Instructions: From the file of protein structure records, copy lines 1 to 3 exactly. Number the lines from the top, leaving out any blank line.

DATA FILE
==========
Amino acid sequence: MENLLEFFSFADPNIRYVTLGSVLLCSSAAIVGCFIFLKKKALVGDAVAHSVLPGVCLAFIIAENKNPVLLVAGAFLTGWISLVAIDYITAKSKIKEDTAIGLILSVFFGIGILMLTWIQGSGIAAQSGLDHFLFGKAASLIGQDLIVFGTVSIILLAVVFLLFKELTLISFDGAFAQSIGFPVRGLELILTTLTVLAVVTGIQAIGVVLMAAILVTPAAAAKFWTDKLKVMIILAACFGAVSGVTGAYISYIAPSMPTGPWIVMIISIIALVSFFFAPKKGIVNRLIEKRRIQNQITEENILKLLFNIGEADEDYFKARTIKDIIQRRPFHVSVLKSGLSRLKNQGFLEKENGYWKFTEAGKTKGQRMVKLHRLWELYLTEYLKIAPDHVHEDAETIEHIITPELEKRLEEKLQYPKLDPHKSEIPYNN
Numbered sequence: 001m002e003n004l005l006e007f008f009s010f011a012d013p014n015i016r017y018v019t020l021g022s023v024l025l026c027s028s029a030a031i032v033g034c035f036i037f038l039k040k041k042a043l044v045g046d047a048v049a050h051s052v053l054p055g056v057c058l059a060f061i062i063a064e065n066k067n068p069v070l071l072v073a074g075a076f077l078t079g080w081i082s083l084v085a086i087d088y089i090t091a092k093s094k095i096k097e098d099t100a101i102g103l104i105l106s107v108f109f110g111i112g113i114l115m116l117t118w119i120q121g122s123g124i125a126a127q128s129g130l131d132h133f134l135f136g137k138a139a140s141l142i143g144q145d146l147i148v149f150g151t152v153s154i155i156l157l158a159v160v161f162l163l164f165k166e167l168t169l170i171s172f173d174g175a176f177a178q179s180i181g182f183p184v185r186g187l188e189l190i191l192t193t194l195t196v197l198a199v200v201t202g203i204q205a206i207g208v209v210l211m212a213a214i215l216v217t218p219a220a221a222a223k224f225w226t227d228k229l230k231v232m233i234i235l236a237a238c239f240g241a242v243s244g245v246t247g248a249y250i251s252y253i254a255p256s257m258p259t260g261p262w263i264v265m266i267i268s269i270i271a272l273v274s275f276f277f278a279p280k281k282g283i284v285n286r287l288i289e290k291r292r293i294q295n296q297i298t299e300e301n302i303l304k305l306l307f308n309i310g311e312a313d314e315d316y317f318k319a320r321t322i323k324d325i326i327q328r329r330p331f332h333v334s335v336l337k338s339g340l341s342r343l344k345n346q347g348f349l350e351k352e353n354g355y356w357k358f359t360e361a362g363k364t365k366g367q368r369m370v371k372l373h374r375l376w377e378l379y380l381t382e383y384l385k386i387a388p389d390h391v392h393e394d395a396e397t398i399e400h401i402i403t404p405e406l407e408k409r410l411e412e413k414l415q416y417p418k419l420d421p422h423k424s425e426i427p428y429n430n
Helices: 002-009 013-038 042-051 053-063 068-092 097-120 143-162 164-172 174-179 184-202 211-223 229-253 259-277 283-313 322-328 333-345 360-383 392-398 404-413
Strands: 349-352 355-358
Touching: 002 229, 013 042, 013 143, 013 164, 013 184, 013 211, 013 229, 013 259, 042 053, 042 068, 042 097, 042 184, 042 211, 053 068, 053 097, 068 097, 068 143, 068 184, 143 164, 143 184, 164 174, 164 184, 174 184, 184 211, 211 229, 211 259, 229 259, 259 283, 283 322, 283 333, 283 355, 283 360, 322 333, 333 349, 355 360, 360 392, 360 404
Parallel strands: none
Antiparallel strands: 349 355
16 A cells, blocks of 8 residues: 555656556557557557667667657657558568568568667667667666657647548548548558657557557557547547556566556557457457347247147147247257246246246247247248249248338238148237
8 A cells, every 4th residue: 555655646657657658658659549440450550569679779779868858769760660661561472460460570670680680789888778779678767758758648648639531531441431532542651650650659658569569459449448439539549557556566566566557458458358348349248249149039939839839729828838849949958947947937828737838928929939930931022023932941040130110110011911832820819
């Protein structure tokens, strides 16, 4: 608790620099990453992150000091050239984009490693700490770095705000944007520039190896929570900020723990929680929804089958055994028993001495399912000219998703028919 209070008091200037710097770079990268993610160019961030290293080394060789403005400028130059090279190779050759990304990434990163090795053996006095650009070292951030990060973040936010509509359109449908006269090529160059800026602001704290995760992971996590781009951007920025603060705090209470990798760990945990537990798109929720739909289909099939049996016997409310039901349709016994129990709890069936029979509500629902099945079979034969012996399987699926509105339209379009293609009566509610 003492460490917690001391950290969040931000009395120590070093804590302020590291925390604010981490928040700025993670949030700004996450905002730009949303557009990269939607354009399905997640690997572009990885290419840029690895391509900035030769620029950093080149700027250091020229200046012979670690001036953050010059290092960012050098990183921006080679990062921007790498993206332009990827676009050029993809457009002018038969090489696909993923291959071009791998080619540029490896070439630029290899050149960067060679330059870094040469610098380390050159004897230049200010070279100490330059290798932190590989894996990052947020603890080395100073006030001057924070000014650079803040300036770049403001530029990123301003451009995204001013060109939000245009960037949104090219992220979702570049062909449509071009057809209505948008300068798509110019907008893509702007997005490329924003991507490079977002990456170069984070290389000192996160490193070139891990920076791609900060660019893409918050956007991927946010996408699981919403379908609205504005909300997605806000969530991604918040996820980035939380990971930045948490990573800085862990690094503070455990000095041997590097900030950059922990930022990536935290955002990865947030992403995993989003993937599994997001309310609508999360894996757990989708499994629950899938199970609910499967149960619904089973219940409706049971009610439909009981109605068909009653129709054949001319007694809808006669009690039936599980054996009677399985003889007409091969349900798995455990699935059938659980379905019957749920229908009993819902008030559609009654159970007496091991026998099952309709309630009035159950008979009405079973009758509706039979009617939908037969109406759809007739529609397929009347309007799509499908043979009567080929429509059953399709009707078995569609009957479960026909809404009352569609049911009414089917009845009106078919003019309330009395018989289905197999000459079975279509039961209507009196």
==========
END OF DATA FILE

Amino acid sequence: MENLLEFFSFADPNIRYVTLGSVLLCSSAAIVGCFIFLKKKALVGDAVAHSVLPGVCLAFIIAENKNPVLLVAGAFLTGWISLVAIDYITAKSKIKEDTAIGLILSVFFGIGILMLTWIQGSGIAAQSGLDHFLFGKAASLIGQDLIVFGTVSIILLAVVFLLFKELTLISFDGAFAQSIGFPVRGLELILTTLTVLAVVTGIQAIGVVLMAAILVTPAAAAKFWTDKLKVMIILAACFGAVSGVTGAYISYIAPSMPTGPWIVMIISIIALVSFFFAPKKGIVNRLIEKRRIQNQITEENILKLLFNIGEADEDYFKARTIKDIIQRRPFHVSVLKSGLSRLKNQGFLEKENGYWKFTEAGKTKGQRMVKLHRLWELYLTEYLKIAPDHVHEDAETIEHIITPELEKRLEEKLQYPKLDPHKSEIPYNN
Numbered sequence: 001m002e003n004l005l006e007f008f009s010f011a012d013p014n015i016r017y018v019t020l021g022s023v024l025l026c027s028s029a030a031i032v033g034c035f036i037f038l039k040k041k042a043l044v045g046d047a048v049a050h051s052v053l054p055g056v057c058l059a060f061i062i063a064e065n066k067n068p069v070l071l072v073a074g075a076f077l078t079g080w081i082s083l084v085a086i087d088y089i090t091a092k093s094k095i096k097e098d099t100a101i102g103l104i105l106s107v108f109f110g111i112g113i114l115m116l117t118w119i120q121g122s123g124i125a126a127q128s129g130l131d132h133f134l135f136g137k138a139a140s141l142i143g144q145d146l147i148v149f150g151t152v153s154i155i156l157l158a159v160v161f162l163l164f165k166e167l168t169l170i171s172f173d174g175a176f177a178q179s180i181g182f183p184v185r186g187l188e189l190i191l192t193t194l195t196v197l198a199v200v201t202g203i204q205a206i207g208v209v210l211m212a213a214i215l216v217t218p219a220a221a222a223k224f225w226t227d228k229l230k231v232m233i234i235l236a237a238c239f240g241a242v243s244g245v246t247g248a249y250i251s252y253i254a255p256s257m258p259t260g261p262w263i264v265m266i267i268s269i270i271a272l273v274s275f276f277f278a279p280k281k282g283i284v285n286r287l288i289e290k291r292r293i294q295n296q297i298t299e300e301n302i303l304k305l306l307f308n309i310g311e312a313d314e315d316y317f318k319a320r321t322i323k324d325i326i327q328r329r330p331f332h333v334s335v336l337k338s339g340l341s342r343l344k345n346q347g348f349l350e351k352e353n354g355y356w357k358f359t360e361a362g363k364t365k366g367q368r369m370v371k372l373h374r375l376w377e378l379y380l381t382e383y384l385k386i387a388p389d390h391v392h393e394d395a396e397t398i399e400h401i402i403t404p405e406l407e408k409r410l411e412e413k414l415q416y417p418k419l420d421p422h423k424s425e426i427p428y429n430n
Helices: 002-009 013-038 042-051 053-063 068-092 097-120 143-162 164-172 174-179 184-202 211-223 229-253 259-277 283-313 322-328 333-345 360-383 392-398 404-413